Hockney’s Hotel California in New York

Decades of Hockney’s paintings, drawings, prints, photography and video at the Centre Pompidou

Perhaps not surprisingly, I am fonder of David Hockney’s paintings in California, to which he was drawn by the relaxed and sensual way of life. The Royal Academy recently displayed a portraiture-focused exhibition David Hockney: 82 Portraits and 1 Still-Life and in 2012, landscape works in David Hockney: A Bigger Picture. Centre Pompidou is currently showing these alongside his most famous works as part of a retrospective that covers at lésât six decades’ worth of paintings, drawings, print, photography and video.


Homosexuality and homoeroticism are central to Hockney’s oeuvre

Homosexuality and homoeroticism are central to Hockney’s oeuvre. Before including direct references to homoeroticism, his early 1960s paintings touched upon themes of sex and love, close to the time of the decriminalisation of homosexuality. The work ‘Shame’ (1960) might refer to homosexuality or more evidently in ‘We Two Boys Together Clinging’. In a 1968 portrait of Christopher Isherwood and Don Bachardy, Hockney makes a conventional double portrait of a couple in Los Angeles, “normalising” their (gay) relationship.

Christopher Isherwood and Don Bachardy, 1968. Private collection

Water extraordinarily depicted in California paintings and pools

Water is another central theme in Hockney’s works. On my fourth visit to the exhibition in London, I was still captivated by the water effects in his California paintings. Hockney established his permanent home in LA in 1976. In California, everybody had a swimming pool, Hockney discovered. ‘A Bigger Splash’ from Tate Britain’s permanent collection shows the marvellous and arduous details of his depiction of water. In ‘A Lawn Being Sprinkled’ (1967) – which I missed on my first three visits – triangles of thin white acrylic paint, although geometrically simple, create atmospheric and thin water droplets.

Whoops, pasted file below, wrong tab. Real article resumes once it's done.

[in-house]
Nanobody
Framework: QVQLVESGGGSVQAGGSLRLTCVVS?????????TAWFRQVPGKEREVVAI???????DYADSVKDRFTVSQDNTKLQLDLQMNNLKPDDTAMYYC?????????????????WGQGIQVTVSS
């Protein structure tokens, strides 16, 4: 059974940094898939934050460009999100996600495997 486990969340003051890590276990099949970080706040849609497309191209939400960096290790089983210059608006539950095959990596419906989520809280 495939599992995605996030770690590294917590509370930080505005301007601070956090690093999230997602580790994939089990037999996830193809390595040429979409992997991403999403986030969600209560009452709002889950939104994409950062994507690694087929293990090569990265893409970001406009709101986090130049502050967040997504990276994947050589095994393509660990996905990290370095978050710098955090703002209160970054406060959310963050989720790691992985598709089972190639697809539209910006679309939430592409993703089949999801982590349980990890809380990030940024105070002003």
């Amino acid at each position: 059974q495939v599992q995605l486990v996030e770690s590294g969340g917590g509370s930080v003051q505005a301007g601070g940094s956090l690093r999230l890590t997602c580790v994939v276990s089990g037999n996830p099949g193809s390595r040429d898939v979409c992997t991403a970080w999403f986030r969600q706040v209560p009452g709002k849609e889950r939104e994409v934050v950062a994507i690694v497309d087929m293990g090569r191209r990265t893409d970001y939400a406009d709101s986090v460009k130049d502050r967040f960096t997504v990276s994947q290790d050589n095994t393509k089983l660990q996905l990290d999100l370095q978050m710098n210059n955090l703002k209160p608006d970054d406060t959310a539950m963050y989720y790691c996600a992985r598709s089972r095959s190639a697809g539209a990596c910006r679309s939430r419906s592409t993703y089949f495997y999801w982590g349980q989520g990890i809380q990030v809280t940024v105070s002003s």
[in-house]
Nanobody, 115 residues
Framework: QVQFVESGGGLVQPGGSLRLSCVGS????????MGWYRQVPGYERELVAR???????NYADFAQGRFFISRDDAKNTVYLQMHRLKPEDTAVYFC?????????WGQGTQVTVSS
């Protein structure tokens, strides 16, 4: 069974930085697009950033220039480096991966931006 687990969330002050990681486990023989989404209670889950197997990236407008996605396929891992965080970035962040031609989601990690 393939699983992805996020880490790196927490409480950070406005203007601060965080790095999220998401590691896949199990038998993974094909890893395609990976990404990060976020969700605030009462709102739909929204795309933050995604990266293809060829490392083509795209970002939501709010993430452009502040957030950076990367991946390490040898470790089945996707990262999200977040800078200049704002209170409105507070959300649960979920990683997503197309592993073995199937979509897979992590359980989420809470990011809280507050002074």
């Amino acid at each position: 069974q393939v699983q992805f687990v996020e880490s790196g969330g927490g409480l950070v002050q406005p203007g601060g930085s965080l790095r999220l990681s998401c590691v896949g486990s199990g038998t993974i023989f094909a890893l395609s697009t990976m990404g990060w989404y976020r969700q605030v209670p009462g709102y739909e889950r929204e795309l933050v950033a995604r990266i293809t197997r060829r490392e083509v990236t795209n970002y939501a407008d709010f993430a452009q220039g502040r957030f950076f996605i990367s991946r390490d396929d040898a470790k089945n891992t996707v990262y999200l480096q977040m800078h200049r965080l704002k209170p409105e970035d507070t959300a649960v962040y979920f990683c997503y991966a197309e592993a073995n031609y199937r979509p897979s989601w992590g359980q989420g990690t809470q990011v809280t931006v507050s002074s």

A Lawn Being Sprinkled, 1967. Private collection 

Hockney’s solution to the trap of naturalism = cubism

Tate curator Chris Stephens described how naturalistic representations of the human figure were key in Hockney’s work and how later on, the artist was keen to avoid the “trap of naturalism”. Hockney’s solution was cubism and he was influenced by the work of Picasso which he saw repeatedly at the MoMA retrospective in 1980. He first executed “cubist” photography using Polaroid to create collages and images seen from multiple positions and perspectives. His cubist investigation culminated in his films: in ‘The Four Seasons’, Hockney attached nine cameras to a slow-driving Land Rover showing the same scenes at multiple angles.


Gregory Swimming Los Angeles March 31st 1982. Composite Polaroid. Collection of the artist. 

I noted his small vertical touches of paint from the beginning became thicker and more forceful in his depiction of the Hollywood hills, his Yorkshire Van Gogh-like paintings or his iPad drawings. Homoeroticism and pools in California are Hockney’s signature, but it is worth seeing the rest of his works as well. I am looking forward to a Parisian visit where I hope to sit down and immerse myself in Hockney’s Four Seasons.


Peter Getting Out of Nick’s Pool, 1966. National Museums Liverpool, Walker Art Gallery 

After Tate Britain, the larger exhibition at the Centre Pompidou runs until 23 October 2017 with late openings every Thursday until 11pm, and will travel to the Metropolitan Museum of Art in November.


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